Cebu governor scolds rapper

Karapatan said similar tactics are already being employed in Cebu, whose governor has reportedly put together a special task force to track down critics of the government's efforts against the novel coronavirus.

The Cebu chapter of the College Editors Guild of the Philippines, an organization of student journalists, documented this in a statement on their official Facebook page, showing Gov. Gwendolyn Garcia scolding the editor of a Cebu City university paper and saying his "clearly uninformed mind that has hastily jumped to an erroneous conclusion."

A local rapper in Cebu was also made to publicly apologize for posting negative comments on government efforts on social media. 

READ: Rapper made to swear to never 'swear' again vs government's COVID-19 efforts

Tirades against 'fake news' media

Earlier, the National Union of Journalists of the Philippines (NUJP) said requiring journalists to obtain media passes amid the enhanced community quarantine could be counterproductive at a time when the public needs vetted information from the media.

"We are aware that we need to contribute to the resolution of this emergency and we can do it best by doing our jobs as journalists. Making it difficult for us to contribute does not help at all," the union said.

President Duterte and his aides have not been shy about tagging reputable news outlets as being purveyors of "fake news" in the past. 

Both the chief executive and House Speaker Alan Peter Cayetano have publicly admitted having public grievances with the reportage of ABS-CBN Corporation, whose pending franchise bills have yet to be acted on in Congress.

As early as 2016, media watchdogs have been saying that Duterte's tirades against the network were a clear sign of "congressional franchises [being used] as a weapon to control a free press."

Duterte has also singled out networks like Rappler and the Philippine Daily Inquirer for publishing artices critical of him.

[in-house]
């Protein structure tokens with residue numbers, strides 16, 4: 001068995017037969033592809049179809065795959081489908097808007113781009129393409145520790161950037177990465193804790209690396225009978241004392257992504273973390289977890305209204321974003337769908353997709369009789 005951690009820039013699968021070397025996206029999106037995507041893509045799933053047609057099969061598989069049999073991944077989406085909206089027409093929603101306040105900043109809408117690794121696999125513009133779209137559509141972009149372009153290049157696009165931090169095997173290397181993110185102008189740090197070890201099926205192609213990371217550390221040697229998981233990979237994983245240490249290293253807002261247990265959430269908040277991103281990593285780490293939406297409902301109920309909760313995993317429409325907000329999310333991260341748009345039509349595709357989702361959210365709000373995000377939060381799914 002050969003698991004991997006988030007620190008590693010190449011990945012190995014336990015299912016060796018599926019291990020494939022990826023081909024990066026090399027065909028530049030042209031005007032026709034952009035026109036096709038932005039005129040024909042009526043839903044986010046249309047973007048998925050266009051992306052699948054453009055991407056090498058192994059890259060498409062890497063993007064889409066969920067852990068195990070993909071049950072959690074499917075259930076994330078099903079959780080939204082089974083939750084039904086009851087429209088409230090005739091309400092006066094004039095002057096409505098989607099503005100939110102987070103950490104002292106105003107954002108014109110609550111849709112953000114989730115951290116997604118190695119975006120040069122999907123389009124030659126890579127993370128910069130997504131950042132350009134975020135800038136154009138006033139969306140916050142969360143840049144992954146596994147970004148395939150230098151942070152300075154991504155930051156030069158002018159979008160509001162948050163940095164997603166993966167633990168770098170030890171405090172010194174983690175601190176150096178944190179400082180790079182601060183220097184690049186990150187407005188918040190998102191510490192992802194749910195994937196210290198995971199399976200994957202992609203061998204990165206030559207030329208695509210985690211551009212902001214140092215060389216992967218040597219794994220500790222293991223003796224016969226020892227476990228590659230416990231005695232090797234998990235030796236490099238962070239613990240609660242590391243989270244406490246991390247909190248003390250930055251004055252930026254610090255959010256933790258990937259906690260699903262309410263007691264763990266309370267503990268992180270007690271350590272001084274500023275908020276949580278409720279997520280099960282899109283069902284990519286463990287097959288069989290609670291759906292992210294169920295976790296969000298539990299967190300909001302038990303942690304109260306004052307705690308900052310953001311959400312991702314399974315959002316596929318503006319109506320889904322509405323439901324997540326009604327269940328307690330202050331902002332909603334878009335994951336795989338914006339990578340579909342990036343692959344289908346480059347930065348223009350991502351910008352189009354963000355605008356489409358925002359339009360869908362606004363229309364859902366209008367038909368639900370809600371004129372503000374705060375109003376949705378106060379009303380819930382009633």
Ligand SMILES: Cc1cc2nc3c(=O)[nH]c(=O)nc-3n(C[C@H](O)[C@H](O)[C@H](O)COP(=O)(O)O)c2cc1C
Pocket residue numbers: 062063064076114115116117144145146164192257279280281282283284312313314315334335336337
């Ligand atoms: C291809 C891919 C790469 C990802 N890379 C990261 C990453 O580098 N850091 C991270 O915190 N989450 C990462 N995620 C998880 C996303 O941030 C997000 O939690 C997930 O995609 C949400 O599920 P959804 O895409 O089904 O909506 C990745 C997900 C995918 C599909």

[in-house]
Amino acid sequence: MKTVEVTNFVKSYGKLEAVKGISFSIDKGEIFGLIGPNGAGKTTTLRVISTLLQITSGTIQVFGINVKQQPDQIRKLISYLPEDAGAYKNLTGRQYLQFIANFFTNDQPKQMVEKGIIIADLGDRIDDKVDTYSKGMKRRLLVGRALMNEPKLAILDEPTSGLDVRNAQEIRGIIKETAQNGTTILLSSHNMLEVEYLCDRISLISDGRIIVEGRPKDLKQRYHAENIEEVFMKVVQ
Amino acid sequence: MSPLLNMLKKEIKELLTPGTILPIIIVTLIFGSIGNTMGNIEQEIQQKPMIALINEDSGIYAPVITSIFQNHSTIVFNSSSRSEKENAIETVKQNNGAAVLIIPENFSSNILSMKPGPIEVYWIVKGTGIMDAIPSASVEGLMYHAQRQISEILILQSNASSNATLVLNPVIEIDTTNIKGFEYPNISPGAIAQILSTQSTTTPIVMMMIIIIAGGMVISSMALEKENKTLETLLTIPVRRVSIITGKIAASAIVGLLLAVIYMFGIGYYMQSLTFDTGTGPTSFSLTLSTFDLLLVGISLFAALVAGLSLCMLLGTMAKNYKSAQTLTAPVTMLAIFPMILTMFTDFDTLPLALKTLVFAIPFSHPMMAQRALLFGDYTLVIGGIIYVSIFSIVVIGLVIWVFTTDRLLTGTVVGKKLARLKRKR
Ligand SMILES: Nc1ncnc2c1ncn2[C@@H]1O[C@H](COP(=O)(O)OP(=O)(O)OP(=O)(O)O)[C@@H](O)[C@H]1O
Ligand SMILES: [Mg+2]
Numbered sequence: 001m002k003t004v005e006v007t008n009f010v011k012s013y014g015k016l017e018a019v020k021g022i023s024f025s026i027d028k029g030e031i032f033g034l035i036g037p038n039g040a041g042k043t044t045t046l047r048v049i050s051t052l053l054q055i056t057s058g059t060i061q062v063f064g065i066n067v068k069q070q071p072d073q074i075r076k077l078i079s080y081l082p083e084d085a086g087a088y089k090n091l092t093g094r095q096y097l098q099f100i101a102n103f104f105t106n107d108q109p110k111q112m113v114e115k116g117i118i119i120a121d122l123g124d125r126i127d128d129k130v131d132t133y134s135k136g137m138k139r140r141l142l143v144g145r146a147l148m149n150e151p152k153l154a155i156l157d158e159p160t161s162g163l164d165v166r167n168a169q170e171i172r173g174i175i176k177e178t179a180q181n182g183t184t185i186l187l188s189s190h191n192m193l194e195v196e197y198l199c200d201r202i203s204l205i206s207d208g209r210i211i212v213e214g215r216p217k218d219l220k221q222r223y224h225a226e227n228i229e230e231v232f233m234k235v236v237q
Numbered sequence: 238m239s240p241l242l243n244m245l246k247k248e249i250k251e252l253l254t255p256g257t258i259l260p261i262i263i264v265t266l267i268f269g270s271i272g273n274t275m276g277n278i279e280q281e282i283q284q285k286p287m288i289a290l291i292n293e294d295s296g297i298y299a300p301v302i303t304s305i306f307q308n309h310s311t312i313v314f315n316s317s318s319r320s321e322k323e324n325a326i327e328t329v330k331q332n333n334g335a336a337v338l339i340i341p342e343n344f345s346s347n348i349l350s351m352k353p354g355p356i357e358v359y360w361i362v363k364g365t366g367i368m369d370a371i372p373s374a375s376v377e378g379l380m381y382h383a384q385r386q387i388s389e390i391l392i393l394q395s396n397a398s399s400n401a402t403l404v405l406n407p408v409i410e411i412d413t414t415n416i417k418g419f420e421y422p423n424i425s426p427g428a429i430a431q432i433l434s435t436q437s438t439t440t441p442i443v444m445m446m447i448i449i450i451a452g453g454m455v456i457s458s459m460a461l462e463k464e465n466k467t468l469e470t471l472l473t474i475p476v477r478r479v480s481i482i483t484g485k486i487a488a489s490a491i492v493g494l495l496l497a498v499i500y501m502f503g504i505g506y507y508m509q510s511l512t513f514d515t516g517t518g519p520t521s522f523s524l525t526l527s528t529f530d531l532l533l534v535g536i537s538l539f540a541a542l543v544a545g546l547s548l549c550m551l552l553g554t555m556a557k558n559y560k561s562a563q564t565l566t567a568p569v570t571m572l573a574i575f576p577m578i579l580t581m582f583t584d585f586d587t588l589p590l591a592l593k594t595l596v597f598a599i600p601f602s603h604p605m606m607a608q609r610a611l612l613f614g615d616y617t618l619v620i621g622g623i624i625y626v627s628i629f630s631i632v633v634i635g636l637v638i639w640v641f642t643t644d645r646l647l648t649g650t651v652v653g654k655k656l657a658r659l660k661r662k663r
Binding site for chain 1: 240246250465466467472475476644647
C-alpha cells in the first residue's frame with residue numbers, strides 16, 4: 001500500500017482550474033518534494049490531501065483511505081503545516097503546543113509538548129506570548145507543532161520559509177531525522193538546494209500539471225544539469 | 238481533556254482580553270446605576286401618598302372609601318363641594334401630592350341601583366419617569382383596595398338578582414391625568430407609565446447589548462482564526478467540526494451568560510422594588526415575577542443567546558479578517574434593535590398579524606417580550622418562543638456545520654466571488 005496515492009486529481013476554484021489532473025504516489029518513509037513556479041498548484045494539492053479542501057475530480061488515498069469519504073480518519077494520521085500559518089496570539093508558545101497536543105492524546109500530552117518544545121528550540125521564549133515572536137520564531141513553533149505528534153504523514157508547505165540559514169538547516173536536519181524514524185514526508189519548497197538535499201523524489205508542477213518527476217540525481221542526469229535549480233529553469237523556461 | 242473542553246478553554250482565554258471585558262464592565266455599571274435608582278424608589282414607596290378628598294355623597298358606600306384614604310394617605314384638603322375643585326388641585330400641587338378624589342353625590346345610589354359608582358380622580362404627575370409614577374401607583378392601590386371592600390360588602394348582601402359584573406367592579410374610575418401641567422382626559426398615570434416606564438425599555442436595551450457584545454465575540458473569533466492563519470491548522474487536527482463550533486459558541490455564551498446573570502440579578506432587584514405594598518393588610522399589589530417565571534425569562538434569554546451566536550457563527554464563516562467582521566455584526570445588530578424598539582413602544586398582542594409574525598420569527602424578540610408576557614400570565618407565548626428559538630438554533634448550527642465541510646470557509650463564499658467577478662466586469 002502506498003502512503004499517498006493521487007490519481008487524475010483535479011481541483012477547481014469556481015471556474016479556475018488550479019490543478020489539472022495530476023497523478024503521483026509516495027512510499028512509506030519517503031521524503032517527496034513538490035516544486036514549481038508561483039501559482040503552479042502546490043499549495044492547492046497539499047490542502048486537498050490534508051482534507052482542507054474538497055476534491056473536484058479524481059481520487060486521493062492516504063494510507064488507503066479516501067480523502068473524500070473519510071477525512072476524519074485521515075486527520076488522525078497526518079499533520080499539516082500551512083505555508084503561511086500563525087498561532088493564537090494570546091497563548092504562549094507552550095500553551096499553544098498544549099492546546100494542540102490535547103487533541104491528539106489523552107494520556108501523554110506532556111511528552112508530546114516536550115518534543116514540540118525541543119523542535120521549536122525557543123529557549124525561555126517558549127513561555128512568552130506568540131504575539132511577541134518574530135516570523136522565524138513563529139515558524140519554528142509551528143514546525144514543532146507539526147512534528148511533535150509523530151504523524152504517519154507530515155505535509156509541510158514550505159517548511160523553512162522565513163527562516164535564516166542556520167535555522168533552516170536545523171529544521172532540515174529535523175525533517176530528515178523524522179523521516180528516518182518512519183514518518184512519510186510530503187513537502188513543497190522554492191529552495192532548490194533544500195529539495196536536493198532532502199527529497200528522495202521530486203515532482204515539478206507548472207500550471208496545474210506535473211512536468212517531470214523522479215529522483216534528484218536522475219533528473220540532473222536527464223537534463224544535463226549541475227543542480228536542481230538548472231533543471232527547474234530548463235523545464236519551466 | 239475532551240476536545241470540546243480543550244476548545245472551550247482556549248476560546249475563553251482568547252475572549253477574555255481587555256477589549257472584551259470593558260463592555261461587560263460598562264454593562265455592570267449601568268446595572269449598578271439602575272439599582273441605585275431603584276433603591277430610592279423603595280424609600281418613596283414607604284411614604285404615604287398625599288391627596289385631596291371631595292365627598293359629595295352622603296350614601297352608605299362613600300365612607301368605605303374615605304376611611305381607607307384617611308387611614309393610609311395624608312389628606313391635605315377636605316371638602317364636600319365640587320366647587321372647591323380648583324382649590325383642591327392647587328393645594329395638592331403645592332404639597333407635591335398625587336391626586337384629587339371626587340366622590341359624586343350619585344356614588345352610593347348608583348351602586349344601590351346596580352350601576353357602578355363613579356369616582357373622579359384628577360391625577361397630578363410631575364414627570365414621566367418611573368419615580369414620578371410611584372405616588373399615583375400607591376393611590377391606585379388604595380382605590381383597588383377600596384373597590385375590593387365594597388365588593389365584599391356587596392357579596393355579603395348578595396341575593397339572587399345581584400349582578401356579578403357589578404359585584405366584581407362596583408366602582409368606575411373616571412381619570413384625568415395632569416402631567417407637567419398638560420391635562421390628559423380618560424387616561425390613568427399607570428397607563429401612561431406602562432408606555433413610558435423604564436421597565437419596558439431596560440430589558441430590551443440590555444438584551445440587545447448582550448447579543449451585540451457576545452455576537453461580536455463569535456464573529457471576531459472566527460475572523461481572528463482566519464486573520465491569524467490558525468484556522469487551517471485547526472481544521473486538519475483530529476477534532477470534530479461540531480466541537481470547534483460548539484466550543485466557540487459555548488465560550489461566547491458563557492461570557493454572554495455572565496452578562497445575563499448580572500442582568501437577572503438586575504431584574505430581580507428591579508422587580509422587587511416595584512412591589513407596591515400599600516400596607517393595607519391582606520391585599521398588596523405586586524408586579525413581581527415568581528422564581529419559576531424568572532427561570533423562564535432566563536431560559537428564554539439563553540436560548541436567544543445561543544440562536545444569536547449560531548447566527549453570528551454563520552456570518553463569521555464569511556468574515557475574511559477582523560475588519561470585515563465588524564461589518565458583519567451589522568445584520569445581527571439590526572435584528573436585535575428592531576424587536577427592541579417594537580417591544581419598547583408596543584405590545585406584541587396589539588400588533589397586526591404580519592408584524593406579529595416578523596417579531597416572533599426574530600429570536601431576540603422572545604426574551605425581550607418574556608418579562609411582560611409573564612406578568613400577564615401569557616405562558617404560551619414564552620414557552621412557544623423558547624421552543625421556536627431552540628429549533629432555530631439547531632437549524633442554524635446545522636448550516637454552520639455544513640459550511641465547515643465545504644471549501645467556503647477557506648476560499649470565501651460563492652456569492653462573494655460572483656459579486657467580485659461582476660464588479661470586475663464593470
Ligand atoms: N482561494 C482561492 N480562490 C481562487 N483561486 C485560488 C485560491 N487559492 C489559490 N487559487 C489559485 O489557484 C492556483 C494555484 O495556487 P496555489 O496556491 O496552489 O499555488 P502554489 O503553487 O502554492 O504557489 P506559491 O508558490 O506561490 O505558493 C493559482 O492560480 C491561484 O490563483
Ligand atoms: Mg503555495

"For your information, you can stop your suspicious mind from roaming somewhere else. But since you are a fake news outlet then I am not surprised that your articles are also fake," he was quoted as saying in 2018, referring to an article published by the online news outlet.

During the country's hosting of the 30th Southeast Asian Games, Cayetano, who was among those pushing for the bill's passage in the lower chamber, also called out what he said was a smear campaign among media to discredit the accomplishments of the games' organizing committee which he headed. These claims came despite well-documented lapses on the committee's part. 

"Instead of seeking to shut down online information the Duterte administration should respect the rights to freedom of expression and access to information," Human Rights Watch said. 

"Rather than abusing people’s free speech rights, the Duterte administration should focus on providing the public with accurate and timely information about COVID-19."

The 1987 Constitution guarantees "the freedom of speech [and] of expression."

For their part, Karapatan said, "If the government wants to counter the so-called proliferation of "fake news" on the COVID-19 pandemic, it should be more transparent before the public and must answer truthfully and prudently to the public's inquiries."